Political will is one of the key factors required for growth of economy. Be it concerning taxation of agricultural income, labour reforms or disinvestment to the tune of Rs. 80,000 crs. recommended by the Xth Plan.
Need to increase foreign direct investment into India:
In the context of global uncertainty, India’s growth rate of 8% will attract attention provided we create like conditions. We can achieve the target of $ 15 billion, provided we improve our bureaucracy, eliminate political uncertainty and introduce infrastructural reforms. Recently, when Jack Welsh (CEO of General Electrics) came to India to inaugurate a function, the power supply went off six times. This should not happen. Lastly, we need to give tax incentives to companies like Intel. Recently, Israel provided tax incentives to Intel to the tune of $ 600 million in order to prevent Intel from shifting to Ireland. According to International Agencies, we are understating FDI numbers by 75%. If so, someone should get the record straight. We should encourage firms in Business Process Outsourcing, which is doing very well.
One of the methods of achieving economic revolution is to improve tax to GDP ratio, without making the tax system confiscatory. It is here that the role of seminars and conventions come into play because they suggest ways of achieving a rational tax structure which is fair and equitable.
One of the items on the Agenda of this Convention is the Task Force proposals on Direct Taxes constituted by the Ministry of Finance, Department of Revenue under the Chairmanship of Dr. V. L. Kelkar.
At the outset, I am sure that in the next two days, the Technical Committees would deliberate on these proposals.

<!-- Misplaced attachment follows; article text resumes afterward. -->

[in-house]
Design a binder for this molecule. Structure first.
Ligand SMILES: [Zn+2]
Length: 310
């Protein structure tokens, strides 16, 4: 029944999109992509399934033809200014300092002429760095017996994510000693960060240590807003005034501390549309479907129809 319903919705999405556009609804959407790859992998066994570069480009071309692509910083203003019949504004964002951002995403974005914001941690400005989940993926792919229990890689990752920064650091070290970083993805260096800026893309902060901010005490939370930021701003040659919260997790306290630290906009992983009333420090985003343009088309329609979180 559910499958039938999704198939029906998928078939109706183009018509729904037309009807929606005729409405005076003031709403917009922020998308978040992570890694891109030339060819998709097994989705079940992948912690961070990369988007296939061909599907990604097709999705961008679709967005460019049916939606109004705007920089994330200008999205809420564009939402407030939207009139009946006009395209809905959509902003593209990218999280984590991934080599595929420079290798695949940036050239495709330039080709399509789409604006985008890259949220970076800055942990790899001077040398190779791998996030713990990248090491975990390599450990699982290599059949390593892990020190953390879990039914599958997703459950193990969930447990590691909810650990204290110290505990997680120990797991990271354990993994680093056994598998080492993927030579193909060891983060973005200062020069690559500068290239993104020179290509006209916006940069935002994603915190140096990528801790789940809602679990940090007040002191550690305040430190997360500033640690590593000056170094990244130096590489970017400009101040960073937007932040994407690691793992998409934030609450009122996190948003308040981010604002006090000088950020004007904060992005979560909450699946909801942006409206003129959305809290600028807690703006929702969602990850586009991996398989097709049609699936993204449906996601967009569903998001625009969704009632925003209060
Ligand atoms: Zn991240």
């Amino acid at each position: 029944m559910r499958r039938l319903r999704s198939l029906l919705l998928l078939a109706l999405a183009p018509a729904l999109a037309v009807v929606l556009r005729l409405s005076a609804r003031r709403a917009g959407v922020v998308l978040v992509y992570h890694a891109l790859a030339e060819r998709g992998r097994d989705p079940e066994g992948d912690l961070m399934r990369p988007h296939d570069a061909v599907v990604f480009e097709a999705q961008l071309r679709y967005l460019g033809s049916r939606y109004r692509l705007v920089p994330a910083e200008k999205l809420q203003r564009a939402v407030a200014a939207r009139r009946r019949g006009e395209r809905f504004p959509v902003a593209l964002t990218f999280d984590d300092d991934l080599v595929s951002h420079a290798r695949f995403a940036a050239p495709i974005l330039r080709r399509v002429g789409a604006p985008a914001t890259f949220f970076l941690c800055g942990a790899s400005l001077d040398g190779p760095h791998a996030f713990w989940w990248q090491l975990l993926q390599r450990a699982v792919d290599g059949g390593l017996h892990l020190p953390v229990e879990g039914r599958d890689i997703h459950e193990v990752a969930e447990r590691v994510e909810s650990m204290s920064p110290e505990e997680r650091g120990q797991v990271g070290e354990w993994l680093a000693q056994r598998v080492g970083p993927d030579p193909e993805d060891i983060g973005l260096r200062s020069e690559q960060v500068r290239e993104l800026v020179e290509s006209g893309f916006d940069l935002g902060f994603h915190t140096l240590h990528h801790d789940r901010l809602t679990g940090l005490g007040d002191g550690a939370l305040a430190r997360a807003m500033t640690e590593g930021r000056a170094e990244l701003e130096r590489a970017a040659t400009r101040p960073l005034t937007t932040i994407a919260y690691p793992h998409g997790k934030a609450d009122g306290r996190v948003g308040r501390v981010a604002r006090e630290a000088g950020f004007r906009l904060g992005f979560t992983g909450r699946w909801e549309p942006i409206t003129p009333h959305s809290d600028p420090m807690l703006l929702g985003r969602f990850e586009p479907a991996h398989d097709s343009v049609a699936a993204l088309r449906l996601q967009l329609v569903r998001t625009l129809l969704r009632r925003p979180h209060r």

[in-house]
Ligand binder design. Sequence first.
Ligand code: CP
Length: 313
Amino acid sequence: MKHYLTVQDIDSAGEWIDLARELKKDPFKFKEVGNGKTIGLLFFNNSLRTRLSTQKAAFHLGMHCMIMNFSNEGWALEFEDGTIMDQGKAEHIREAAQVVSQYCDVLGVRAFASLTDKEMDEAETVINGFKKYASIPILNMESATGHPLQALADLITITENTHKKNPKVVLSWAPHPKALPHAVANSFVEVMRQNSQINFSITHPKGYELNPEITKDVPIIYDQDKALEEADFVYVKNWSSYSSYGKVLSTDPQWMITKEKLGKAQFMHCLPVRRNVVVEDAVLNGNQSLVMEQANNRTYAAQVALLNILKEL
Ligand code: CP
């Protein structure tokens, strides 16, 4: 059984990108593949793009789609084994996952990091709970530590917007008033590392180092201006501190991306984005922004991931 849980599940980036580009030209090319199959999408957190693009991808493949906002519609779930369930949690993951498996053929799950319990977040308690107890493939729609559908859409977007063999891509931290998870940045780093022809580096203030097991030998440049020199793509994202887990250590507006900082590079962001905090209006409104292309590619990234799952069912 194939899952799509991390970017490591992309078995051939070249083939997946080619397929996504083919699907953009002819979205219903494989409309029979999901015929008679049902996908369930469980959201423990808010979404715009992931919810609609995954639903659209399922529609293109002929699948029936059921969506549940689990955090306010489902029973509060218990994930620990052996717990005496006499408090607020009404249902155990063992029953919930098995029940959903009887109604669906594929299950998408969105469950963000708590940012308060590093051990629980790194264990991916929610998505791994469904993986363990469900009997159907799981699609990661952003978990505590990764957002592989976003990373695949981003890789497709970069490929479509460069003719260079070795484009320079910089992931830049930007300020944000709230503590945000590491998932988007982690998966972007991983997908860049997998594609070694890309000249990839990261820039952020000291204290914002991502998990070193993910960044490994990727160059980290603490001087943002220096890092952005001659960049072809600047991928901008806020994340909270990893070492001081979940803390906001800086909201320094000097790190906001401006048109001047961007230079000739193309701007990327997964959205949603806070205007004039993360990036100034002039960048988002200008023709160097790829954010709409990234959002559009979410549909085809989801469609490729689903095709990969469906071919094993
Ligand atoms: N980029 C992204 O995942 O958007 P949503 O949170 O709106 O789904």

The purpose of my referring to the drawbacks in the economy and particularly poor expenditure management on the part of the Government is to highlight an important point viz. that these Tax proposals, both concerning Direct and Indirect Taxes, though relevant, would stand defeated if the Government fails to control its expenditure. Good governance and proper expenditure management should constitute the basis for achieving economic revolution. The proposals made by the Task Force would be rendered cosmetic unless emergent steps are taken to control Government expenditure. The proposals of the Task Force have recommended elimination of tax incentives, deductions and exemptions for various reasons, one such reason being that these exemptions create distortion in the tax structure. However, the biggest distortion is caused by mounting Government expenditure. My apprehension is that we are not treating the economy as a whole. We are not treating the patient as a whole. We need to take simultaneous steps to curtail Government expenditure and tax reforms should go hand-in-hand with such curtailment because only then the reforms could succeed. Further, tax incentives in a developing economy, have a role to play. Countries like Korea, Israel, Ireland and China have benefited by tax incentives. Let us not go by examples of developed economies. In India, the benefit of tax incentives is wiped out by Government expenditure.